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Revised Common Lectionary: Isaiah 55:1-9; Psalm 63:1-8; 1 Corinthians 10:1-13; Luke 13:1-9
Narrative Lectionary: Parable of the Tenants, or Taxes to Caesar, Mark 12:1-12 or 12:13-17 (Psalm 86:8-13)
The prophet Isaiah shares the words of God to the people coming out of exile, to remember that what they seek in this world is not what God desires for them. God tells the people to work for what satisfies, to seek the ways of God. God will make an everlasting covenant with the people and they will be an example to the nations, even the ones they do not know.
In Psalm 63:1-8, the psalmist sings of their soul’s desire for God and that only God can satisfy. The psalmist meditates and thinks about God, their longing is for God, and with their lips they will praise and bless God.
Paul speaks of the ancestors of Israel who came out of Egypt into the wilderness. Using the language of baptism, and the metaphor of Christ as the rock, Paul retells the story, with the people passing through the Red Sea as a sort of baptism, and striking the rock for water as Christ provides living water. However, they need to remember how the people perished in the wilderness when they didn’t turn to God’s ways, and so will the church in Corinth should they not follow the ways of Christ. They will be tested, as they have put God to the test. 1 Corinthians 10:13 is a particular verse that has been taken out of context, often falsely summarized as “God will never give you too much to handle.” God will never test you beyond your strength—but that doesn’t mean in life we aren’t given too much to handle. The world gives us an awful lot.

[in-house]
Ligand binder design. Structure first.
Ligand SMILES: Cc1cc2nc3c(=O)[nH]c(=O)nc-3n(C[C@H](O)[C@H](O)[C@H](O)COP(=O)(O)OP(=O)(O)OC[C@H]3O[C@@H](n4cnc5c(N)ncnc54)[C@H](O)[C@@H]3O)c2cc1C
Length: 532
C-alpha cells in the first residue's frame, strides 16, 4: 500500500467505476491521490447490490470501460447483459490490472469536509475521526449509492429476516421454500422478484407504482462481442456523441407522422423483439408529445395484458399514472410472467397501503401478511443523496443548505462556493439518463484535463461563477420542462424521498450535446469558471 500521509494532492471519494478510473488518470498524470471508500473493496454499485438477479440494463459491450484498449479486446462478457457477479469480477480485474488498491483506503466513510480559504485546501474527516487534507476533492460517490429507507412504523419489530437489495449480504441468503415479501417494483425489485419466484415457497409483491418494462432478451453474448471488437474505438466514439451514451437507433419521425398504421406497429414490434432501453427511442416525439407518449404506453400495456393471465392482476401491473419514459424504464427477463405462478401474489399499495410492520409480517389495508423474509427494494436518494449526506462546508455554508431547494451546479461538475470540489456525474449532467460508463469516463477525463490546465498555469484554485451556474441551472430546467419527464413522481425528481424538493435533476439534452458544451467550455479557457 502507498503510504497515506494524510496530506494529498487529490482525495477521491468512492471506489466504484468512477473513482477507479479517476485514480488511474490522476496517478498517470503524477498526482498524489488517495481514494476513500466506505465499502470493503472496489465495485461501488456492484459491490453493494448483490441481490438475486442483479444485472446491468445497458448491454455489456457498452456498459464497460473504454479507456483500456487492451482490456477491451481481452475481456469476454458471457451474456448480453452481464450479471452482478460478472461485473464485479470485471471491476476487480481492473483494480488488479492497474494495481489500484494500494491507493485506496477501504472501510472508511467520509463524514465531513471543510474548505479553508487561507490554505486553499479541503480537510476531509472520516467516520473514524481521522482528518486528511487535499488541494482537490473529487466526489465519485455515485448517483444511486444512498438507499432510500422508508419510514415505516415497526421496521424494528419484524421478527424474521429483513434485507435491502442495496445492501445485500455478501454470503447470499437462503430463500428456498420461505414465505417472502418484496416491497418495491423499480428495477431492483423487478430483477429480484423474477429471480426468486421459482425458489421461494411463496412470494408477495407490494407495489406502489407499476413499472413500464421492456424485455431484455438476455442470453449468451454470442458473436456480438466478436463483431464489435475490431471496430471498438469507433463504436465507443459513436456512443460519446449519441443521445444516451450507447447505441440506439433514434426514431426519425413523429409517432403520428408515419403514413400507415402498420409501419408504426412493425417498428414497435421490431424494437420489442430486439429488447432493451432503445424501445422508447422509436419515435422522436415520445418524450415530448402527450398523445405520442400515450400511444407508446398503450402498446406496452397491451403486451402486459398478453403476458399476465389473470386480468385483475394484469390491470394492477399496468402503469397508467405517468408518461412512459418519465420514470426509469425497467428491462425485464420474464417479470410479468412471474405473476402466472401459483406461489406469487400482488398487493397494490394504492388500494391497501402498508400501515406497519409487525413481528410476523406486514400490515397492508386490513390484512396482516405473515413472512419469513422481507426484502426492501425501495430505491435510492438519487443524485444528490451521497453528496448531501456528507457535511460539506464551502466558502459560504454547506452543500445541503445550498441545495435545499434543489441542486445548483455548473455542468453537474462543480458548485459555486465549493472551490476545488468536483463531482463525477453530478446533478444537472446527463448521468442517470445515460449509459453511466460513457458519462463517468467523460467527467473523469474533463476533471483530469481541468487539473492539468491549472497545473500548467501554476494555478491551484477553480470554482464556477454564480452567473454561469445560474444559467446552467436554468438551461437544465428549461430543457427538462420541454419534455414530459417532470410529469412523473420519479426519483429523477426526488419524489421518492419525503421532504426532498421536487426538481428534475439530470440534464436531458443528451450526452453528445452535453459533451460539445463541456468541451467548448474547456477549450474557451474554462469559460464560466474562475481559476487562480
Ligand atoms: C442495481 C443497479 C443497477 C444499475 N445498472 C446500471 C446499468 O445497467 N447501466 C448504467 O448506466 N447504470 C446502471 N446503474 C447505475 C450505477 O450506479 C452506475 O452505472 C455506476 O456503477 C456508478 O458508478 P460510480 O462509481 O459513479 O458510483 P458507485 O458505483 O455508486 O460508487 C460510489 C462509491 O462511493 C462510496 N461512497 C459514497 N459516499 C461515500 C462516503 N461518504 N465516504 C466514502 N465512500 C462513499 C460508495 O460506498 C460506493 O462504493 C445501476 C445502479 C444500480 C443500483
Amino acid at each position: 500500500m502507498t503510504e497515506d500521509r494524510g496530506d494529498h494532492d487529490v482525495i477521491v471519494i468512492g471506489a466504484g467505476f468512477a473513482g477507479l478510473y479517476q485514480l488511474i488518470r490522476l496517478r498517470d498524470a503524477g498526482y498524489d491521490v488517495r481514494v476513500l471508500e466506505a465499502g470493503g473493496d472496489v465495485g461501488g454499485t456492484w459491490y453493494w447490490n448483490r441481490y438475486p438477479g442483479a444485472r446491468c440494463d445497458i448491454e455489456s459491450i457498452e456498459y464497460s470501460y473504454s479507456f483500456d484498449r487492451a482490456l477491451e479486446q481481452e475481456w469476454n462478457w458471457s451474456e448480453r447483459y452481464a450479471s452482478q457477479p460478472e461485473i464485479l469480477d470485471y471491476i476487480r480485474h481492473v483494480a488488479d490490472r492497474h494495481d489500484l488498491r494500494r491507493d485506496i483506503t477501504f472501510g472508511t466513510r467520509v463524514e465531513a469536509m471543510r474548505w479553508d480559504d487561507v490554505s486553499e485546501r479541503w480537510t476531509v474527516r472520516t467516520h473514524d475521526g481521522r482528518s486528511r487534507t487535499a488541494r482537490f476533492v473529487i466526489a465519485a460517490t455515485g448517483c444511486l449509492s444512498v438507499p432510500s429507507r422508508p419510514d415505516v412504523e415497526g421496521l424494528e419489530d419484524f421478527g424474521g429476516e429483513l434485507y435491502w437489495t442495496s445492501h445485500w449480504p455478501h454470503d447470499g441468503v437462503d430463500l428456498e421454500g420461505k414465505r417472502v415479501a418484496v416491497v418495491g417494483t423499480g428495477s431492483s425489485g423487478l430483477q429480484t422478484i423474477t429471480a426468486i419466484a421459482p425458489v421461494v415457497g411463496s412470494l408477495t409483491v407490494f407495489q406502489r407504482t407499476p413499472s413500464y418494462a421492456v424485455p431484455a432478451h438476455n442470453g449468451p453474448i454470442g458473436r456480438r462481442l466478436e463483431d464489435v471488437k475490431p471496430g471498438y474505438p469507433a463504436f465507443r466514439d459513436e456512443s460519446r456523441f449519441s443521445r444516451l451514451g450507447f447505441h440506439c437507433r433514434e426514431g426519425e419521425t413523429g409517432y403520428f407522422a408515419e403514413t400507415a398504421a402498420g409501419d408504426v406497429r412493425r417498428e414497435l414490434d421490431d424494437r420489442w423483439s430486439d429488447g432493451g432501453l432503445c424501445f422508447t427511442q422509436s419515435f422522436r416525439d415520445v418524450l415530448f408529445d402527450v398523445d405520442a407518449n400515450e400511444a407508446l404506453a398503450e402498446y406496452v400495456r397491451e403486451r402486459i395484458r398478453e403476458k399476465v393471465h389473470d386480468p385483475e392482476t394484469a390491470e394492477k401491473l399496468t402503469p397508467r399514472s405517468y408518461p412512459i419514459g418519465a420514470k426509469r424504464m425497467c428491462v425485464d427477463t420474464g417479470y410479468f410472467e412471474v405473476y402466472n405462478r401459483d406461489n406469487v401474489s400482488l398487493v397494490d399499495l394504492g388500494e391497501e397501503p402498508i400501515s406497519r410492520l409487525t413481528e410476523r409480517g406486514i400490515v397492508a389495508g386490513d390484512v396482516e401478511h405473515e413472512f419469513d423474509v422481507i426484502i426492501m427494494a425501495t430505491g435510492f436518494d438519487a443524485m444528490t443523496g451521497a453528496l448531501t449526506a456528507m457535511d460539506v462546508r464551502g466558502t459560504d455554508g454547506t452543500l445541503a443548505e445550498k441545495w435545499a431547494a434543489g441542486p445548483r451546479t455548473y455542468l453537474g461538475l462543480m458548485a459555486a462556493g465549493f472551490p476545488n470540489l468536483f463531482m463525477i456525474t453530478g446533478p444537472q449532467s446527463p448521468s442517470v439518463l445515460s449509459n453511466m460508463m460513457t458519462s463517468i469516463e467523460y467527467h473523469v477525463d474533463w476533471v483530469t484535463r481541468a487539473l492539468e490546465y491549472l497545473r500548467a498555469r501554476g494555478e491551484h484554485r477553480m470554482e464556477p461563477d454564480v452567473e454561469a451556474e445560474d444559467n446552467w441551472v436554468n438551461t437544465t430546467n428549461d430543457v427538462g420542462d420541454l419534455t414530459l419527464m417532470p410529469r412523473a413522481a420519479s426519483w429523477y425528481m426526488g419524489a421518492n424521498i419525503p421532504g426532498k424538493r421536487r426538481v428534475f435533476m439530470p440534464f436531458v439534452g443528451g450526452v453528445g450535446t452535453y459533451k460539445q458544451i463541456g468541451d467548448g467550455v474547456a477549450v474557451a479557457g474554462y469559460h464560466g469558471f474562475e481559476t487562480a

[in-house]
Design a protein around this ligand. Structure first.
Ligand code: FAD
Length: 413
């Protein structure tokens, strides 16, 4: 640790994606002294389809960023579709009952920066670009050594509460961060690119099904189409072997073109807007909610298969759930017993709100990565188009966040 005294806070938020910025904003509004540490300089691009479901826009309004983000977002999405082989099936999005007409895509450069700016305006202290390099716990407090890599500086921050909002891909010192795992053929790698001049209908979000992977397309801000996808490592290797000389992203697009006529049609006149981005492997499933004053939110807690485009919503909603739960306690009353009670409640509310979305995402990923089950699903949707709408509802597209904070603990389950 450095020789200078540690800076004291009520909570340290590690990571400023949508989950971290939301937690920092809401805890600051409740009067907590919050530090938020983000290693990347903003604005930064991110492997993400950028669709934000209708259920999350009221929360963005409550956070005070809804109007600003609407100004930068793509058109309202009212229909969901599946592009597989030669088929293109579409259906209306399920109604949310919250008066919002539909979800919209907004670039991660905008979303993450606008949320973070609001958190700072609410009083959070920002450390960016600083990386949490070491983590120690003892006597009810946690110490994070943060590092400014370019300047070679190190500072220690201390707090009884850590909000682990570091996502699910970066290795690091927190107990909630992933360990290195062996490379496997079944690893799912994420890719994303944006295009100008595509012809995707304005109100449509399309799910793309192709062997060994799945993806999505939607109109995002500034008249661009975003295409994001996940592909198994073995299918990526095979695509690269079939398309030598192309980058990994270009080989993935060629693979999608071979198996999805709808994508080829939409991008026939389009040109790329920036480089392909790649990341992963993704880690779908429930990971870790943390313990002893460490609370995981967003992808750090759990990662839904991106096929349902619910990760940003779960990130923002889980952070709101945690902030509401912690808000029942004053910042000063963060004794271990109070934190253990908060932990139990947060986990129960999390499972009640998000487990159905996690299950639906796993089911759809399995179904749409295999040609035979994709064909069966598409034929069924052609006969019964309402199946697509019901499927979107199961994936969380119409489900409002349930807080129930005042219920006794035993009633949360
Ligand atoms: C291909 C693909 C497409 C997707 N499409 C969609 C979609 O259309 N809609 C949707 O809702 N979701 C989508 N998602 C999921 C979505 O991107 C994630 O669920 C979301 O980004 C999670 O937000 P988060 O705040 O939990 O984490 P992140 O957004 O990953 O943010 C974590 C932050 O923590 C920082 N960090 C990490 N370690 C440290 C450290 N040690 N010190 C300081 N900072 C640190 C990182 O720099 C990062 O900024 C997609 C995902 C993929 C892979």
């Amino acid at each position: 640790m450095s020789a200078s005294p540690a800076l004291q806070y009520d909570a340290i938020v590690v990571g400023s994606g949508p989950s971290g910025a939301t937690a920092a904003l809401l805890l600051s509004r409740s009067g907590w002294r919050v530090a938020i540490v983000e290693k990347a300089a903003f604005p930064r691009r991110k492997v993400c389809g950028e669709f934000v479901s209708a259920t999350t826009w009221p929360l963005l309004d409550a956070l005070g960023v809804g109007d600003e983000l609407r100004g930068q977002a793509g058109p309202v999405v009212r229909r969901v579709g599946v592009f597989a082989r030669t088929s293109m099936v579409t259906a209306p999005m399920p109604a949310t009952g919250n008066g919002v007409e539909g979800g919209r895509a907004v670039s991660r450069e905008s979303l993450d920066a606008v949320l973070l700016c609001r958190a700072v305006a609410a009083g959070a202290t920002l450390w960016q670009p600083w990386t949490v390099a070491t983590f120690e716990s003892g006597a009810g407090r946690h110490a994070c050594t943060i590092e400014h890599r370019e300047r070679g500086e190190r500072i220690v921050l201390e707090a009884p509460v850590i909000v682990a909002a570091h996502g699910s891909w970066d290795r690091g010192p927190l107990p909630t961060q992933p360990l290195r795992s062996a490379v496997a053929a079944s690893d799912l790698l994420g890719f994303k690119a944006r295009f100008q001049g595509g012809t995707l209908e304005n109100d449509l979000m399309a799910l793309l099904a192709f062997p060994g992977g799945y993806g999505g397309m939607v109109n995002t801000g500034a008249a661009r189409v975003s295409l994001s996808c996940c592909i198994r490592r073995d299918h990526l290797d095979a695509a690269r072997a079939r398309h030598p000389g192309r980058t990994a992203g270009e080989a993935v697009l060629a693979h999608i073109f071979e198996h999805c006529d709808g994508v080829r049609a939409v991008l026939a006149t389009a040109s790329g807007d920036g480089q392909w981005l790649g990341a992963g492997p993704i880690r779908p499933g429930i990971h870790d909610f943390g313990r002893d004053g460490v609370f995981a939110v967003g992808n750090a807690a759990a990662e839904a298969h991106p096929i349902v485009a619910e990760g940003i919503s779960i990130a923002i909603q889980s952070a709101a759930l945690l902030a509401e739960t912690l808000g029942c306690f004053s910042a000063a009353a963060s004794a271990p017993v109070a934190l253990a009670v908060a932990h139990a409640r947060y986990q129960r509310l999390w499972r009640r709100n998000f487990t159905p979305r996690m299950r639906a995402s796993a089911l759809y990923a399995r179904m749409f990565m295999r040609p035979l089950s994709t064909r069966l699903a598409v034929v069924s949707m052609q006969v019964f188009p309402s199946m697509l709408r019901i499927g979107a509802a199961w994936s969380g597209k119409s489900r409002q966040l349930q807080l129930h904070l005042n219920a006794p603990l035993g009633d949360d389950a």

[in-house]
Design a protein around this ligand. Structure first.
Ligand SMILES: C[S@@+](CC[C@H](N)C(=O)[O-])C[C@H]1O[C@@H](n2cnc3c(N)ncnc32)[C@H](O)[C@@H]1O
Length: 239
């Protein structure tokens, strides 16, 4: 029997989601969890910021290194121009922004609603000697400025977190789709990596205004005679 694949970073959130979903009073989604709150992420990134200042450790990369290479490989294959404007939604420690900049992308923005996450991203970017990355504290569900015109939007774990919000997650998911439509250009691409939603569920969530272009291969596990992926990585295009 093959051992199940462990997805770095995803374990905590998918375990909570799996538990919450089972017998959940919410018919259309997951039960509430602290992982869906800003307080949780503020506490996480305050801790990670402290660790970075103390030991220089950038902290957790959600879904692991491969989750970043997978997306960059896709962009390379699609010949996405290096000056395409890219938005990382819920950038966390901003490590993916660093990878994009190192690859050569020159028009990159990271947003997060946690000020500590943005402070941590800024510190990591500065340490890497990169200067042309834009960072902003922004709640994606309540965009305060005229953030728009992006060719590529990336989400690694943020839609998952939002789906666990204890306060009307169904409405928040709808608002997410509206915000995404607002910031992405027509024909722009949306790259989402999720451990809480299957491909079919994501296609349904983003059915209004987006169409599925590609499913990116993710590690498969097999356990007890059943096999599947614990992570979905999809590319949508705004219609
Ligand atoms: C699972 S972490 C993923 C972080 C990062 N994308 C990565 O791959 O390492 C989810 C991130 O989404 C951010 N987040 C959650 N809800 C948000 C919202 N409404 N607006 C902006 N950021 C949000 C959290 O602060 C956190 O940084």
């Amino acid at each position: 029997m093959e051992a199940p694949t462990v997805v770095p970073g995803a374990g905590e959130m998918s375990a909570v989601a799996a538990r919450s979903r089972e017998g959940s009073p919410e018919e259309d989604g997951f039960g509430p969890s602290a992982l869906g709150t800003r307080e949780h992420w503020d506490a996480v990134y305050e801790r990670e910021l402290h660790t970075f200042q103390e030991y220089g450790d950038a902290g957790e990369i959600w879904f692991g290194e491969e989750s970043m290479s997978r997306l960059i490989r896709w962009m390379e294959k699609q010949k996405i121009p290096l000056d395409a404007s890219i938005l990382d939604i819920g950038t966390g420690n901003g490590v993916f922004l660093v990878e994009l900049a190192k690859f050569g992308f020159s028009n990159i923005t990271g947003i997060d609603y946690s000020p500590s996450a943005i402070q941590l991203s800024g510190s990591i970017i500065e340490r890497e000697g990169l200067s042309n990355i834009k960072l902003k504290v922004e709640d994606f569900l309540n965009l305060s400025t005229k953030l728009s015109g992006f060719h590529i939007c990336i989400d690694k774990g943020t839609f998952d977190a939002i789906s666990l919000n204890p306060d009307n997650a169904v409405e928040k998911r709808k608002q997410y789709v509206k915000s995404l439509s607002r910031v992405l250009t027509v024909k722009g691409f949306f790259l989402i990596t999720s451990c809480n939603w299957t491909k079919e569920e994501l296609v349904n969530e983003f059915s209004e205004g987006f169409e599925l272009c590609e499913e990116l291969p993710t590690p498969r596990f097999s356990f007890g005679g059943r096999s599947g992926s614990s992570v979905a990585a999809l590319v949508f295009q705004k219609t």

Jesus begins in Luke 13:1-9 speaking about two tragedies that had happened: one in which Galileans had been killed by Pilate, and a tower collapse in Siloam in which eighteen people died. Jesus explains that neither group did anything to cause what happened to them—they were no worse sinners than anyone else—but God is calling them to repent or they will die just like everyone else. Jesus tells the parable of the fig tree, a tree that wasted its soil and never produced a fig, but was given one more chance. All of us are called to repent and turn back to God—though none of us deserve death, our end will not change unless we turn back to God.
The Narrative Lectionary has two choices from Mark 12. In verses 1-12, the Parable of the Wicked Tenants, Jesus tells a story in which it is clear that the owner of the vineyard did not send his son with the purpose for him to die, but rather in hope that the tenants would finally listen to him, since they had not listened to the messengers before. And just like some who had been killed, the son was also killed and thrown out of the vineyard. Some of the leaders wanted to have Jesus killed after telling that parable, knowing it was about themselves. Jesus makes it clear in the parable that though this is to happen, it is not God’s desire for it to occur, but God’s reign that is at hand will be not for those who have rejected Jesus.